The Allied Social Sciences Association (incorporating the AEA, the Econometric Society, the International Economics and Finance Society and many other groups) meetings took place in Chicago this last weekend. I wasn’t able to go to that many sessions, but I did attend a few related to international issues.
One theme that ran through several was questions surrounding the origins of the current pattern of global imbalances. In the National Association of Business Economics (NABE) panel on international capital flows, Emanuel Farhi presented a paper (with R. Caballero and P.-O. Gourinchas) arguing that the underdevelopment of financial markets — essentially the inability to produce assets — in East Asia combined with rapid growth in the region is driving the pattern of lending to the developed regions. In one sense, this is an argument based on comparative advantage. The US and Europe are relatively good producing financial assets while East Asia is relatively good at producing goods. The model results are driven by a parameter (delta) that defines how well financial systems are at making assets; as long as East Asia’s “delta” is smaller than that of the developed economies, the current patterns will persist. In my view, the model is a very simple way of formalizing the Bernanke saving glut hypothesis. But the timing (the model is flexible enough to encompass many interpretations of delta) is a little mysterious, given that the imbalances have ballooned post 1998, and this asymmetry in delta has presumably been in place all along. (Another paper, by Enrique Mendoza et al., recently presented at the IMF Annual Research Conference tackled this same issue.)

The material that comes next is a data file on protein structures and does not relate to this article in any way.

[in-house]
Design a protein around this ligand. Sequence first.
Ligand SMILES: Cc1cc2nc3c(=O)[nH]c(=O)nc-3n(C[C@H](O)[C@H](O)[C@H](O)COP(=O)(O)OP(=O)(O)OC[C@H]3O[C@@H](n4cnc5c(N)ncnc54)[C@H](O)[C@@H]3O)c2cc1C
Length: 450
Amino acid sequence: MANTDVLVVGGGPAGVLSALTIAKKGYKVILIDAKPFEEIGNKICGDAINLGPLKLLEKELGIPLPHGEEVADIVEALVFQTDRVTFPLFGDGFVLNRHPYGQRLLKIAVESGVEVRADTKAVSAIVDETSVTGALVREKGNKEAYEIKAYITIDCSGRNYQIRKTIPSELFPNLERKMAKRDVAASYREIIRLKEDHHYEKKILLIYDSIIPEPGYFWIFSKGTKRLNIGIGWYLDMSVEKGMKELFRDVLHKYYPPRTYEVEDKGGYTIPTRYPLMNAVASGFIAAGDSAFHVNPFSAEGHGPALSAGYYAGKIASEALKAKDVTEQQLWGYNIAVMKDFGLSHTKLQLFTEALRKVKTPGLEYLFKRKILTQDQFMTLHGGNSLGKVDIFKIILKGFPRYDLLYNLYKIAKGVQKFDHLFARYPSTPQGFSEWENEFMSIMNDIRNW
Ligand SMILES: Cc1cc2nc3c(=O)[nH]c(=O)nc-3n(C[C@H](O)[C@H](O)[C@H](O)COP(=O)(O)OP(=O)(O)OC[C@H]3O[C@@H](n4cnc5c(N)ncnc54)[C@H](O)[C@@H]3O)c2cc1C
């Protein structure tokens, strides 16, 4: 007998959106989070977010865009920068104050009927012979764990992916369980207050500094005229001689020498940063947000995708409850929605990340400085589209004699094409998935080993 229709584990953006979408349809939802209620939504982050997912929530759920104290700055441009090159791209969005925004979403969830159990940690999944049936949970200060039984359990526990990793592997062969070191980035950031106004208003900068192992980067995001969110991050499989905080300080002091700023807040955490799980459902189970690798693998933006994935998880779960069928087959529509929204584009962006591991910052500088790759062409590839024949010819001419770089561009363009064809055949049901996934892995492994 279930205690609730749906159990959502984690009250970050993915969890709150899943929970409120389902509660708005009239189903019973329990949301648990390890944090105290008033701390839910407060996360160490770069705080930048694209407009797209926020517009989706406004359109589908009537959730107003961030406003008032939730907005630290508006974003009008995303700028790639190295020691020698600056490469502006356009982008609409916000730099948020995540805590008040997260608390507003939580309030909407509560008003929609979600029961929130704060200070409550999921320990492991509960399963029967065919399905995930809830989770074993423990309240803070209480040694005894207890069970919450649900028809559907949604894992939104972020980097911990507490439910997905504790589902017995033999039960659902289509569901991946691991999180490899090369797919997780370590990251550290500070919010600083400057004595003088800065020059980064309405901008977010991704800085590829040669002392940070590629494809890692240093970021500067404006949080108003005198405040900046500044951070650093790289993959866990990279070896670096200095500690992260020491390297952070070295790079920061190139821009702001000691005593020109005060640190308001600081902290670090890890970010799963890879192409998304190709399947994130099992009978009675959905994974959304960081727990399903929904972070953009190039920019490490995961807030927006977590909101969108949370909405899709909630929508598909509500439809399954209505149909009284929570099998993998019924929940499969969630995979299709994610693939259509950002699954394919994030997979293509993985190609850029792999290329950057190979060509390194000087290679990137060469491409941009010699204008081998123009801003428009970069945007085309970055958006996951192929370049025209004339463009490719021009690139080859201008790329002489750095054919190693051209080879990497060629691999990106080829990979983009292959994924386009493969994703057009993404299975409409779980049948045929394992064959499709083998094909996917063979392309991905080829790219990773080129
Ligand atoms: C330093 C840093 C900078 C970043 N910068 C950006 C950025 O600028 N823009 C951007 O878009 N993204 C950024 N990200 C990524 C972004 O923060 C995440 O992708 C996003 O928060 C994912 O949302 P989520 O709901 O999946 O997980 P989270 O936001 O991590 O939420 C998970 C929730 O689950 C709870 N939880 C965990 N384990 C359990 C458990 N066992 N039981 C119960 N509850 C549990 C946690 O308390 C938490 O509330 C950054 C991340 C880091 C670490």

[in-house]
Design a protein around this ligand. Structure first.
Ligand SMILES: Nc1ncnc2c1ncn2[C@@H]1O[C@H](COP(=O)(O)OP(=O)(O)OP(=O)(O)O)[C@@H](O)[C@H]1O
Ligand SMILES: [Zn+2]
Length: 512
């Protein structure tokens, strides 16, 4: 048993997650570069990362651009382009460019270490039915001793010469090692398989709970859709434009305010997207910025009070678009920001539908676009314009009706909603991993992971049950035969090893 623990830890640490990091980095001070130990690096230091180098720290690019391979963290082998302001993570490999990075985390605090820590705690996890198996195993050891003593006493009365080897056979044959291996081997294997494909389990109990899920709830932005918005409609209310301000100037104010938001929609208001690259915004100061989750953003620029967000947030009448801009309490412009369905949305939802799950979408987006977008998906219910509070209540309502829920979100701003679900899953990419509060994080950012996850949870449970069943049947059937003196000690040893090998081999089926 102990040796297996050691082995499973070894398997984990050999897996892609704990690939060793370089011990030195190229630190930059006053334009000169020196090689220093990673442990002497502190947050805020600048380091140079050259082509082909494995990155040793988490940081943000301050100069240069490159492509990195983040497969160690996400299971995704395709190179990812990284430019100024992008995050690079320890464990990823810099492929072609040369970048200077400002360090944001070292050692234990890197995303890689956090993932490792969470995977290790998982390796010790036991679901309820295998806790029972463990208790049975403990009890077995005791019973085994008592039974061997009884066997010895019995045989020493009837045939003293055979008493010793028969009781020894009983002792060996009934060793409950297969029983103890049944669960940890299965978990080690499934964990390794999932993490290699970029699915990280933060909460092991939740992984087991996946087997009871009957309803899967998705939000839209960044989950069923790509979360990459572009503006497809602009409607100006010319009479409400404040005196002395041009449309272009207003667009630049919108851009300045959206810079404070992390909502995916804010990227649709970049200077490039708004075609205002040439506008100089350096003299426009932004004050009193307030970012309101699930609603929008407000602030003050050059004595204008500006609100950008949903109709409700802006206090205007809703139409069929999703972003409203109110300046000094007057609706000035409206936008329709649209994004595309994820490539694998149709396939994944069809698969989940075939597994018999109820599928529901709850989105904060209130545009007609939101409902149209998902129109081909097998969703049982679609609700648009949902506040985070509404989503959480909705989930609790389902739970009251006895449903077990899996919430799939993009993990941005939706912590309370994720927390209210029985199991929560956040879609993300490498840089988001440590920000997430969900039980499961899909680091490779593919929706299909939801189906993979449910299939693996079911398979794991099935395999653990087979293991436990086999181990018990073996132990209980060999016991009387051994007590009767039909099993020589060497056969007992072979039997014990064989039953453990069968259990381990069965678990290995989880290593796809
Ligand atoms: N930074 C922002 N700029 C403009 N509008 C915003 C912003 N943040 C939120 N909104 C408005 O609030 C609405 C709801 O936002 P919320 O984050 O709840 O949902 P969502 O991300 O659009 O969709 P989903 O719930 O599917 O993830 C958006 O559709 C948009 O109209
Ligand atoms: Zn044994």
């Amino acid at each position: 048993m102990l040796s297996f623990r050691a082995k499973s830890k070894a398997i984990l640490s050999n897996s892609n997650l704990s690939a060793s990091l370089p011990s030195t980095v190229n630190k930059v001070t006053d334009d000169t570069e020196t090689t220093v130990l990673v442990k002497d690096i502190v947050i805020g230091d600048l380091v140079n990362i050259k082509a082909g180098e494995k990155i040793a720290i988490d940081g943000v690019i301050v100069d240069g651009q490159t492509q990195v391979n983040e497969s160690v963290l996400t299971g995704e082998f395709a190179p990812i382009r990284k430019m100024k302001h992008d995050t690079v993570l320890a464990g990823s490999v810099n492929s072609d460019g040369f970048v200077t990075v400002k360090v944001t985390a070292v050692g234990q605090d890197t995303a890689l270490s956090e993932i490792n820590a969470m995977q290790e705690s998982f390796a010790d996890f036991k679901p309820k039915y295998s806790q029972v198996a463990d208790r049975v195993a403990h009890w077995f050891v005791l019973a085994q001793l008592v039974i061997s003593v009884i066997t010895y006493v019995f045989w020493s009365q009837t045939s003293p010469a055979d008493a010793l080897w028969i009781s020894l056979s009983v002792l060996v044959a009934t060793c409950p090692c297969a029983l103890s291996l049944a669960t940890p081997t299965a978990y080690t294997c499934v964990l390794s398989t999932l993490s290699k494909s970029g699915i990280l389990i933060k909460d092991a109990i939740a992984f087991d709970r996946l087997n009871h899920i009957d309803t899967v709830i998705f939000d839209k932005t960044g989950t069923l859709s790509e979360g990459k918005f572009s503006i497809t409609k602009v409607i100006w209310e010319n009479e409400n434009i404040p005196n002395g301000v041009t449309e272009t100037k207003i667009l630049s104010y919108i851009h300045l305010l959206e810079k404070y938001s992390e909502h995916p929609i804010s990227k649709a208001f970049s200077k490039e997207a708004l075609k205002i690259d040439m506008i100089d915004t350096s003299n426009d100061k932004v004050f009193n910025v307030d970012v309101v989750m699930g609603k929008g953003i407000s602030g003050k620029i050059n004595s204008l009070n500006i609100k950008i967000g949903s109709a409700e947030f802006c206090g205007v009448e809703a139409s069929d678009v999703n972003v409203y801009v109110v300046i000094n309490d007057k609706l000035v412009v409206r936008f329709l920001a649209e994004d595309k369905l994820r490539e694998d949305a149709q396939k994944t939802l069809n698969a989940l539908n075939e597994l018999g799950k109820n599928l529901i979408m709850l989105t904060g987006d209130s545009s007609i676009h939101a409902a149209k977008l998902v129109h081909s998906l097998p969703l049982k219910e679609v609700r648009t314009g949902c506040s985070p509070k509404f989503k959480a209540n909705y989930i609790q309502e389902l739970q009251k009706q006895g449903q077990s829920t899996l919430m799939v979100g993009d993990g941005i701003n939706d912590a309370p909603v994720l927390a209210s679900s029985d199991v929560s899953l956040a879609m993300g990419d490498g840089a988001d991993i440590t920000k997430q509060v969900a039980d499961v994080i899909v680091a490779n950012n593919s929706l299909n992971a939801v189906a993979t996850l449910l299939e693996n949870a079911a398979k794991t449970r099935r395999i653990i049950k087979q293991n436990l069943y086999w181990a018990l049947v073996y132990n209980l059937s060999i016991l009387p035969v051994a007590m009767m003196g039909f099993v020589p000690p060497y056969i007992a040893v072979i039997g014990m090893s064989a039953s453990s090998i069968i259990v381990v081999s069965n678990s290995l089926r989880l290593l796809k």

Brad Setser, characterized by his discussant as “the master of reserves tracking, argued that U.S. data is becoming ever less useful for tracking the accumulation of dollar assets by central banks. In his presentation (firewalled version here), he argues that U.S. BEA estimates now understate foreign official accumulation by about $200 billion, a not inconsequential figure. This point is highlighted by the difference between the blue line (official BEA estimate) and the black line (Setser’s estimate).